Page 45 Review by Stephen & Tom
Another repacking, and not bad value for money, either.
KILL YOUR BOYFRIEND first:
BLAM! BLAM! BLAM!
"Got a bit carried away there."
"Shit. No more vodka."
"I didn't really think he'd do it. He'd killed him with no remorse, no pity, no regard for the sanctity of life. He'd gunned down my whole future.
"I think I'm in love."
Fourth printing of Morrison's ode to anarchy originally published in 1995, as a charming man sweeps up a bored British schoolgirl from the suburban straightjacket of settling for second-best: Mums who search their teenage children's drawers, three-wheeled cars for the disabled ("Even the fucking car's an invalid. They ought to give people a bit of dignity."), boyfriends who leave you with little more than a peck on a cheek, and suffocating in a vacuum of nothing better to do than watch Top Of The fucking Pops when one minute with an Uzi in Mr. Mandible's Geography class would solve most of your psychological problems for the next three years.
Way ahead of its time and without an inhibition in the world, this "Get it out of your system" made TANK GIRL look like JACKIE or BUNTY. I could have pulled a quote from every single page. That this is its fourth production speaks volumes about its popularity, an appeal shared by Peter Milligan and Duncan Fegredo's equally antagonistic and refreshingly outspoken GIRL which, criminally, has not been reprinted once.
Bond with D'Israeli on inks is a magnificent combo, a pair who should be reunited this very instant - and until I say otherwise - to give us more British eyes, hair and teeth which we can all fall in love with. They keep the urban urbane then slowly but surely introduce a Chelsea-Girl glamour after the eyes start lighting up with new life.
Time to trash a tea room in search of consumables and pull out a gun for a bun:
"Look, we're starving and we want some of your cakes.
"If you don't give us free cakes, we'll kill you."
Seems perfectly reasonable to me.
A title more misspelled than any other - oh, come on, you type VINAMARAMA too! Here's our Tom who, since leaving us, has become a chef. Tom was very fond of cake too.
Sofia: "That tiny little sort of popping noise you just heard was the sound of me going completely insane."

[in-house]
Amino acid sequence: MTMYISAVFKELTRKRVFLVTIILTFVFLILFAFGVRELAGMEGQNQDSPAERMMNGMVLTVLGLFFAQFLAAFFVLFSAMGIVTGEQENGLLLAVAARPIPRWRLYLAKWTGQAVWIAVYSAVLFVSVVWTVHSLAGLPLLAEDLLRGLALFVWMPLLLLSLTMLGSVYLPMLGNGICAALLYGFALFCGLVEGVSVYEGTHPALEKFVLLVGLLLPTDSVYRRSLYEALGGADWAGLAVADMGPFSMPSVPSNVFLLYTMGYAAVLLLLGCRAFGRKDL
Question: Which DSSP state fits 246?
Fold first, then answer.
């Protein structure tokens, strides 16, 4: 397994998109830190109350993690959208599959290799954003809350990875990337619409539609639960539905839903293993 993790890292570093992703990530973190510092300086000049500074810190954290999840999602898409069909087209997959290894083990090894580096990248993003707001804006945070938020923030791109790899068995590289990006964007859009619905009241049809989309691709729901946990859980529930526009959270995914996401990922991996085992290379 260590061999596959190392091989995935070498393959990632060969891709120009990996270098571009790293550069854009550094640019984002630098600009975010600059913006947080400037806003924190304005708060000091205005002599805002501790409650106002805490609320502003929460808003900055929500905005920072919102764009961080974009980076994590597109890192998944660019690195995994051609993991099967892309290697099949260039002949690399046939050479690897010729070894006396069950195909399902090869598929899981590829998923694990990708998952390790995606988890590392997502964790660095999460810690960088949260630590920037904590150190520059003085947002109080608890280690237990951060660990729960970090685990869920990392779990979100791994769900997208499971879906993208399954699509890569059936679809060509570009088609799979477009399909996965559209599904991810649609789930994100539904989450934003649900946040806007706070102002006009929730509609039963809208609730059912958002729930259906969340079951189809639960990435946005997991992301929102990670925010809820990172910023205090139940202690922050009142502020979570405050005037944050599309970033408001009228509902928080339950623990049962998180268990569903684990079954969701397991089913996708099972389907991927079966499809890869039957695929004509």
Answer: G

Ali: "Mine was sort of a 'ping'."
Poor Ali is at a crux in his young life. His father has arranged for him to be married to an accountant's daughter from Southampton. If she's ugly (or stupid or boring), Ali will take it as existential proof that God does indeed hate him, and hang himself. But before he can get too Emo, the floor at his father's shop caves in, burying his brother Omar under a mountain of Turkish Delight and creating an opening to an ancient city which has lain dormant under what we now know as Bradford for six thousand years.
Ali's baby nephew, Imran, decides to learn to walk and goes off exploring the buried city, accidentally releasing an army of 8-foot-tall demons bent on unleashing hell on earth. Now the only one who can stop them is... No, not Ali, but Prince Ben Rama and the Ultra-Hadeen. Unfortunately for Ali, Ben Rama gains his power from love - and he loves Ali's betrothed, Sofia, who's actually everything he could want in a girl. Now the world's going to end, the girl of Ali's dreams has been pulled by an 8-foot Demi-God, and everyone's going to die before he's even had a chance to really live.
I've never seen Bond's art look better than it does here. Nobody draws slightly despondent young adults quite like him. And, yeah, this isn't WE3 but if you ignore all the weird fantasy and boil this story down, it's all about family. And how at 18 years of age they may seem like nothing but a hindrance, when in fact they really are your only hope.